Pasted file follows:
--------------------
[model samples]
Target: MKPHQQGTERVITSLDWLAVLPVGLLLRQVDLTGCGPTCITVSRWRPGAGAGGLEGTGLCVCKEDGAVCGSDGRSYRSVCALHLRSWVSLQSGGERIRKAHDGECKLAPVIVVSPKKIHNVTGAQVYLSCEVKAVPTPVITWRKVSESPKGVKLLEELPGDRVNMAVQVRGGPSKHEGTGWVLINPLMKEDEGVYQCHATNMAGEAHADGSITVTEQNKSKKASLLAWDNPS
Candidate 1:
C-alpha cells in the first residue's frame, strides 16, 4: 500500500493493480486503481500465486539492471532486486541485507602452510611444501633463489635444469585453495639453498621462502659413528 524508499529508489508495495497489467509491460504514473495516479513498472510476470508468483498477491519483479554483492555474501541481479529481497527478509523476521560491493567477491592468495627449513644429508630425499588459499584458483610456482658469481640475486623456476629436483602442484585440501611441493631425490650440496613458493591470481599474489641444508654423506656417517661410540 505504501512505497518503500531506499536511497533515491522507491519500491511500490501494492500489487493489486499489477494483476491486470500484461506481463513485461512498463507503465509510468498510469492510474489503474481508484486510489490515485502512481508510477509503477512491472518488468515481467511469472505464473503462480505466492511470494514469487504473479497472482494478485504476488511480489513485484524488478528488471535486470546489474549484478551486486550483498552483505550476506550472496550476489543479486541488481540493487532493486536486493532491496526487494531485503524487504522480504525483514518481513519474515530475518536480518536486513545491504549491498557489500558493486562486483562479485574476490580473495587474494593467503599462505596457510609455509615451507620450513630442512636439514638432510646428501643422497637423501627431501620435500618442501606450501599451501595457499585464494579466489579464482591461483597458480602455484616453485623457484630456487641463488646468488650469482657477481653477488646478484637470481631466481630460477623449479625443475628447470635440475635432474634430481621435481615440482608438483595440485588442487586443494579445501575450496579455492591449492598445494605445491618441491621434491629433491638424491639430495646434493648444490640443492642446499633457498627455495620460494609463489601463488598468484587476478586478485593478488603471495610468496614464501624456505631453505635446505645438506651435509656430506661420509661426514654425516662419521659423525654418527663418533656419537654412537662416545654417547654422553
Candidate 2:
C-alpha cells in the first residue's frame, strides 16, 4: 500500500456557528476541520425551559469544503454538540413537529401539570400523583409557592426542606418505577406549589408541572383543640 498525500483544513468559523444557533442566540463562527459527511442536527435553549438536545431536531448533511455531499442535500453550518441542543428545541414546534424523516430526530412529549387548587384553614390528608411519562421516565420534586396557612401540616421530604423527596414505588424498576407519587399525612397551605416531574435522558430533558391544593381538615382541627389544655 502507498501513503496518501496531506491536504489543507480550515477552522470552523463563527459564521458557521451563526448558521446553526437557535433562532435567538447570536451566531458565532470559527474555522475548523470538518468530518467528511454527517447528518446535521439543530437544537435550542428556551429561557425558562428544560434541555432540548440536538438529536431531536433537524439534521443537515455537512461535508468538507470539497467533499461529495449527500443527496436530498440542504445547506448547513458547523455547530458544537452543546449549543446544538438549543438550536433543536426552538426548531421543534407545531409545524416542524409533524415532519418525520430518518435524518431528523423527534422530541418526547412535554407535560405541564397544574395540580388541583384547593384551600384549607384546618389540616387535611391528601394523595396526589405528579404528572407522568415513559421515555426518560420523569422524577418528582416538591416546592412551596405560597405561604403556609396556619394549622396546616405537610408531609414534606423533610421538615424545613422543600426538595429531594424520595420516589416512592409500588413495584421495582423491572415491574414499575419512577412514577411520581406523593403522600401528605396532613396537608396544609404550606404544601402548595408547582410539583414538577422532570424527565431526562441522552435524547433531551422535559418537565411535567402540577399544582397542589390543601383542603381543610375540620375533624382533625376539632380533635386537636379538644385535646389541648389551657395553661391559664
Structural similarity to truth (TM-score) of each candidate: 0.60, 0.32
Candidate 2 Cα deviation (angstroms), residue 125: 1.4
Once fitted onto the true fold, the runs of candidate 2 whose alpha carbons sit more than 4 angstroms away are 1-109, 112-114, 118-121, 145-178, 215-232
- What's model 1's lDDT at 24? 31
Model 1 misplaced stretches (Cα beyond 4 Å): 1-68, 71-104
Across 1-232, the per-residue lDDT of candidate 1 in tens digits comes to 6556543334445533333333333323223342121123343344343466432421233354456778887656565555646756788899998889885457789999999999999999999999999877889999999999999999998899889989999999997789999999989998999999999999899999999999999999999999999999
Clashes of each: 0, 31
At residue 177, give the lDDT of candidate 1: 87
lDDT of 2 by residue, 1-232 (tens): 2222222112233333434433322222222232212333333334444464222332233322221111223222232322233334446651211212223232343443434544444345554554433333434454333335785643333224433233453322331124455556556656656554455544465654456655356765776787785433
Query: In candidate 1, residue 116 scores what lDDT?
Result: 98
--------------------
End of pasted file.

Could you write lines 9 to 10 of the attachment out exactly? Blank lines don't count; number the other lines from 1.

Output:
Once fitted onto the true fold, the runs of candidate 2 whose alpha carbons sit more than 4 angstroms away are 1-109, 112-114, 118-121, 145-178, 215-232
- What's model 1's lDDT at 24? 31